Concussion by the numbers

Let’s talk numbers. Don’t fret. These are good numbers and not like the kind you learned in middle school and thought, “I’ll never use this.”

These numbers you can use.

If you had to guess how many concussions occur each year in the United States, what would you say? 500,000? 1 million?

In 2012, 3.8 million concussions were reported. According to, this was double the amount reported in 2002.

So, what do we learn from the numbers above?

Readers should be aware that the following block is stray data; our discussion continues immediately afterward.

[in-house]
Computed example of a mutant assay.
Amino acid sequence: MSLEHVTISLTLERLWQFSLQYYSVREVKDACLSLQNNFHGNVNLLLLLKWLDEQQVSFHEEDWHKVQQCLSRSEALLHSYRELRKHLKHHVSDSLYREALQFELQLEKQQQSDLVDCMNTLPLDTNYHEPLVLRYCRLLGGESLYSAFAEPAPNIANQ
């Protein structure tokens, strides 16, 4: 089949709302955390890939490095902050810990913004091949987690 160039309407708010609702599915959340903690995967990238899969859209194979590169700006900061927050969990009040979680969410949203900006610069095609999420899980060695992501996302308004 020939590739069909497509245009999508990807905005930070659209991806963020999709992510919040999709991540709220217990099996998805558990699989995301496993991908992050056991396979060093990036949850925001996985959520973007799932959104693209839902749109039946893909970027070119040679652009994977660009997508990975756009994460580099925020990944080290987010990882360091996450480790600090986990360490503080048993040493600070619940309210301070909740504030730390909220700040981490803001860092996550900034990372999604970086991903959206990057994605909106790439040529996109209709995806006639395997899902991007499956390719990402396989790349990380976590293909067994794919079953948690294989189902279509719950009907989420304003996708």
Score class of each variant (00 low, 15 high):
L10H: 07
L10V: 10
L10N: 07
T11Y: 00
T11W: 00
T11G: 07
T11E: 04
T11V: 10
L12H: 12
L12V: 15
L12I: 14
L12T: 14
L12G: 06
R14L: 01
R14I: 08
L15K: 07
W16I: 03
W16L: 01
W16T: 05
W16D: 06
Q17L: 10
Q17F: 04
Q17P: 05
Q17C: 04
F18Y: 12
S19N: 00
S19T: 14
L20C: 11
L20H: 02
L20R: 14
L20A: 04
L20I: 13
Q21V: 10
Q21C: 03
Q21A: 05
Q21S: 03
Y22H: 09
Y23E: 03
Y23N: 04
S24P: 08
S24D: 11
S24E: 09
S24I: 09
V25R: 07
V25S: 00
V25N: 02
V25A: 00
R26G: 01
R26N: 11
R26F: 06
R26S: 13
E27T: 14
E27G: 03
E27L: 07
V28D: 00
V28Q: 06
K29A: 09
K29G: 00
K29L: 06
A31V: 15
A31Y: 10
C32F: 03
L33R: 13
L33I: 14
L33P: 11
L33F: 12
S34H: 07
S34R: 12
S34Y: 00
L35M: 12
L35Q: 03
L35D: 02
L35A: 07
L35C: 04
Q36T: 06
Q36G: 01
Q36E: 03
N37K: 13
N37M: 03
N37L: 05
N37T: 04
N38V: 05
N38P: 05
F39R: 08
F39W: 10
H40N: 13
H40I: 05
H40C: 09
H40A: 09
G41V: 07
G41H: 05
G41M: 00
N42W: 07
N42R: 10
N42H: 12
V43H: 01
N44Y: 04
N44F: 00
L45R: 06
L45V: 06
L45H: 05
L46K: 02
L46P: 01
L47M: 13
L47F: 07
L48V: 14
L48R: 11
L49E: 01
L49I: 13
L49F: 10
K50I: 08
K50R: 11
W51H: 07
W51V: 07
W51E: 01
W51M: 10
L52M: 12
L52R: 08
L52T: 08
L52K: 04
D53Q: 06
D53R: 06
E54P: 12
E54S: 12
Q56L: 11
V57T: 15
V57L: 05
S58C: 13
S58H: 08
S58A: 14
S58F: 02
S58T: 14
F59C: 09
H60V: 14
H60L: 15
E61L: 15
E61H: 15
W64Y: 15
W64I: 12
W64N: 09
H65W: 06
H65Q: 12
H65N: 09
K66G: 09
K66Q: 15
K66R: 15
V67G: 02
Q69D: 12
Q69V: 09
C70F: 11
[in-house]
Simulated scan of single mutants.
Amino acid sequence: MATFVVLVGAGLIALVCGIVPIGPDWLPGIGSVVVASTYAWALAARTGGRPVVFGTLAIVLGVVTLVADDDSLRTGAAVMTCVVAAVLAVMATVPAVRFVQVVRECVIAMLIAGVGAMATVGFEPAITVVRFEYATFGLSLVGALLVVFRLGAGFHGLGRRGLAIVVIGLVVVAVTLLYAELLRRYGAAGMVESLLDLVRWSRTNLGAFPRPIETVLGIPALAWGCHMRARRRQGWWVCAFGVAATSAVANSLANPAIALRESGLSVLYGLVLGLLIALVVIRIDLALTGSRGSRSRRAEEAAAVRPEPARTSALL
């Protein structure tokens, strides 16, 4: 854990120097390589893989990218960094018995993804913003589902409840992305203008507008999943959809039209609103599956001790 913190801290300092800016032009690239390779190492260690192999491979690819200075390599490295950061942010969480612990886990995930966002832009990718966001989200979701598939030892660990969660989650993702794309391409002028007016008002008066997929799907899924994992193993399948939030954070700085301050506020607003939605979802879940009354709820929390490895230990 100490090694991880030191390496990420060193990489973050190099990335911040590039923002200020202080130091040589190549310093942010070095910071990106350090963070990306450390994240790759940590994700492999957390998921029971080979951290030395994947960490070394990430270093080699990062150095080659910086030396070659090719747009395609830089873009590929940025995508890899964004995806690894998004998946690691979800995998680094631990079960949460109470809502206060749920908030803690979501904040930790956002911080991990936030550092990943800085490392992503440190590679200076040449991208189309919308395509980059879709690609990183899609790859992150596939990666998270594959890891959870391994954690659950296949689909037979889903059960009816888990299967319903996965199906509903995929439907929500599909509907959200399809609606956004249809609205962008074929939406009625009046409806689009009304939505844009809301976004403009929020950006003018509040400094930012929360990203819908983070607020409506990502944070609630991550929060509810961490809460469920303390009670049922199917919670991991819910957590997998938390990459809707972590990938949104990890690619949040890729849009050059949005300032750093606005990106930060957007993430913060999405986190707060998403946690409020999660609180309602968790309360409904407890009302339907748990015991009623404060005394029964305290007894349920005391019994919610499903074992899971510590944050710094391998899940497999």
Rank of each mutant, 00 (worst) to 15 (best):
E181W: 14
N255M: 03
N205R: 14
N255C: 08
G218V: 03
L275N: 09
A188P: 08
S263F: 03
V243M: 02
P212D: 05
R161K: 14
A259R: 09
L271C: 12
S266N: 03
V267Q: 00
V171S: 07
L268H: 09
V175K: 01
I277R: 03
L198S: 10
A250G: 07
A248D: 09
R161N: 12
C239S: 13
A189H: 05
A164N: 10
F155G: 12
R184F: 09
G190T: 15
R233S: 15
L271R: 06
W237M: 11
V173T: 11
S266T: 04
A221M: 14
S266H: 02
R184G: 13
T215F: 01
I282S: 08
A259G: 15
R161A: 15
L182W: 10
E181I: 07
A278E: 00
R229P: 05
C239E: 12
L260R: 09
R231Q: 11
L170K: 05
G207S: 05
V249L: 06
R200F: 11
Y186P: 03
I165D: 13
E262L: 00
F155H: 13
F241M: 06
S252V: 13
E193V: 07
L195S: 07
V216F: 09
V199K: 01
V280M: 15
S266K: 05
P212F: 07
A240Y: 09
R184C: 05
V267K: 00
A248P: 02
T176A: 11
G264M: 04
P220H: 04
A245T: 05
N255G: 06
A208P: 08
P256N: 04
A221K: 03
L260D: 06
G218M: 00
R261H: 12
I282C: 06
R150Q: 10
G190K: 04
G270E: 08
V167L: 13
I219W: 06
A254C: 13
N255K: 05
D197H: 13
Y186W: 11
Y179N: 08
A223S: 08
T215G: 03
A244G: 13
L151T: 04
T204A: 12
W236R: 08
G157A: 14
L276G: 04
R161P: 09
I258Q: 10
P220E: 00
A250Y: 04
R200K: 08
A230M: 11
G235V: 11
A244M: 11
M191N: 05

1. Concussions are underreported. It happens quickly; in the moment of the game; crowds are cheering; the scoreboard has hundreds of eyes on it. But did you know that nearly 33 percent of all concussion practice?

  2. Either concussions are becoming more prevalent or parents, coaches, and doctors are becoming more aware of the injury. With so little data on concussion, it’s difficult to tell what is really going on. How many of these reports are repeat concussions? What’s the long-term effects? There’s a clear message that we need more data on concussion diagnosis, treatment, and affects.  

See, I promised these weren’t scary numbers.